A new research study found that caffeine taken during pregnancy can modify key brain pathways, leading to behavioral problems in later years. Researchers from the Del Monte Neuroscience Institute at the University of Rochester Medical Center studied thousands of brain scans at ages 9 and 10 to see alterations in brain structure in children exposed to caffeine in utero. The results were clear.
“These are the kind of marginal effects that don’t cause terrible mental conditions, but produce minimal but significant behavioral issues that require looking at the long-term effects of caffeine ingestion,” said Dr. John Fox, director of the Del Monte Neuroscience Institute and principal investigator in adolescent brain cognitive development, “I think the findings of this research are recommendations. Caffeine during pregnancy is likely not a great thing to do.”
Heightened behavioral problems, decreased alertness and hyperactivity are all signs that researchers have noticed in these kids. “What makes this unique is that when you take caffeine during pregnancy, the biological pathways look differently,” says Zachary Christensen, MD/Ph.D.. ” Earlier studies have shown that kids score differently on IQ tests and have slightly different psychopathology, but it’s kind of a biomarker because it can also be related to demographics. It’s tough to analyze it until it’s done. It gives us a baseline for future research that seeks to know exactly when alterations occur in the brain. “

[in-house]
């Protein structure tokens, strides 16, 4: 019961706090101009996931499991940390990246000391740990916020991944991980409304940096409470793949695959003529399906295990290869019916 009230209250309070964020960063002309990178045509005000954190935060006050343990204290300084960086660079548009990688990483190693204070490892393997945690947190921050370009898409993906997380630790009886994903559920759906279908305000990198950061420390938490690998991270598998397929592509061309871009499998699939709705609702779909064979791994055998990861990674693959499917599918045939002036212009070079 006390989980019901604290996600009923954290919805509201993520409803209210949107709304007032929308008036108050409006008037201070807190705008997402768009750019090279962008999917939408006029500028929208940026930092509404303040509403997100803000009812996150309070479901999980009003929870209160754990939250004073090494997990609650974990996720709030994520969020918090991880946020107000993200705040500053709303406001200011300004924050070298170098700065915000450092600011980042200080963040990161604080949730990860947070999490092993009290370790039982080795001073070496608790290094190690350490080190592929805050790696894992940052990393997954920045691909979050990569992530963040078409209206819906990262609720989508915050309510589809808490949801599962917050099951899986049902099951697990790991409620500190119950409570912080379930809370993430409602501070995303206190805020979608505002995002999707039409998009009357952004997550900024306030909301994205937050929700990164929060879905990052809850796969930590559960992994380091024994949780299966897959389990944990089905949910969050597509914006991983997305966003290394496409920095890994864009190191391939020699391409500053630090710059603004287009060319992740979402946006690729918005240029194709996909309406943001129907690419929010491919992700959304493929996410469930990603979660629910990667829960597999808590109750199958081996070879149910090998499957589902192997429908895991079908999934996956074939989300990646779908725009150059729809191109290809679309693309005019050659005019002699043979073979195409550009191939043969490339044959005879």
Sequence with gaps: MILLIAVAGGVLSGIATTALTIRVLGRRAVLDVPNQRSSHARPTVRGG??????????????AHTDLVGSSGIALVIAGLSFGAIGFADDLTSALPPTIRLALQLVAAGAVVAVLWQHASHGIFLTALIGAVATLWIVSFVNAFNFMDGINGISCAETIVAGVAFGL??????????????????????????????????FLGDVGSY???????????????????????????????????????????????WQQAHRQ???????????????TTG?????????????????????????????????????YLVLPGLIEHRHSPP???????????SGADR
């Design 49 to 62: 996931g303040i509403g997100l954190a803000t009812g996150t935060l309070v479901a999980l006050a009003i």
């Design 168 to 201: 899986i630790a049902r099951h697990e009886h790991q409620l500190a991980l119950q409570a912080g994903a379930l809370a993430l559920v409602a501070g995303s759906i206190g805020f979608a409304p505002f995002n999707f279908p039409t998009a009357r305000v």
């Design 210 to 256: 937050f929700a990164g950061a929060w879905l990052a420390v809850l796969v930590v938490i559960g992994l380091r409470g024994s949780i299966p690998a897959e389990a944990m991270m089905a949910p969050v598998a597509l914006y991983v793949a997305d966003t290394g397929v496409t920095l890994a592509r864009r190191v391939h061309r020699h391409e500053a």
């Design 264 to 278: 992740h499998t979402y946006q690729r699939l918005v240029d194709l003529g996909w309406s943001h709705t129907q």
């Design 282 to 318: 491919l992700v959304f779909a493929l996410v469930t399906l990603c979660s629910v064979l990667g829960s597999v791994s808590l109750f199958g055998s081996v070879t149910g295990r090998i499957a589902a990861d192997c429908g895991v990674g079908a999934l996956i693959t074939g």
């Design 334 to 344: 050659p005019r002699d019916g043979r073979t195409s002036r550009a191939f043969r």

Researchers analyzed brain scan across 9,000 subjects ages 9 and 10 in the ABCD study. They found that there was a marked change in the way white matter was tracked to form brain connections between regions of children whose mothers had reported ingesting caffeine during pregnancy.
URMC is one of 21 sites across the country collecting data from the ABCD study, the largest long-term study of children’s brain development and health. This research is funded by the National Institute of Health. Ed Freedman, Ph.D. is the Principal Investigator and co-author of the ABCD study in Rochester.
“It’s critical to point out that this is a retrospective study,” Foxe said. “We are depending on our mothers to recall how much caffeine we ingested during pregnancy.”
Earlier studies have shown that caffeine can have a negative effect on pregnancy. It is also known that the fetus does not have the enzymes necessary to metabolize caffeine as it crosses the placenta. This new research shows that caffeine may have a long-lasting effect on neurodevelopment.
The scientists note that the effect of caffeine on fetal growth is unknown It relies on the length of gestation or when these physical structural changes occur during pregnancy.
“Current clinical guidelines already advise limiting caffeine consumption during pregnancy – 2 cups or less of ordinary coffee a day. In the long-term, we want to come up with better guidelines for mothers, but in the time being, consult your doctor if you have doubts.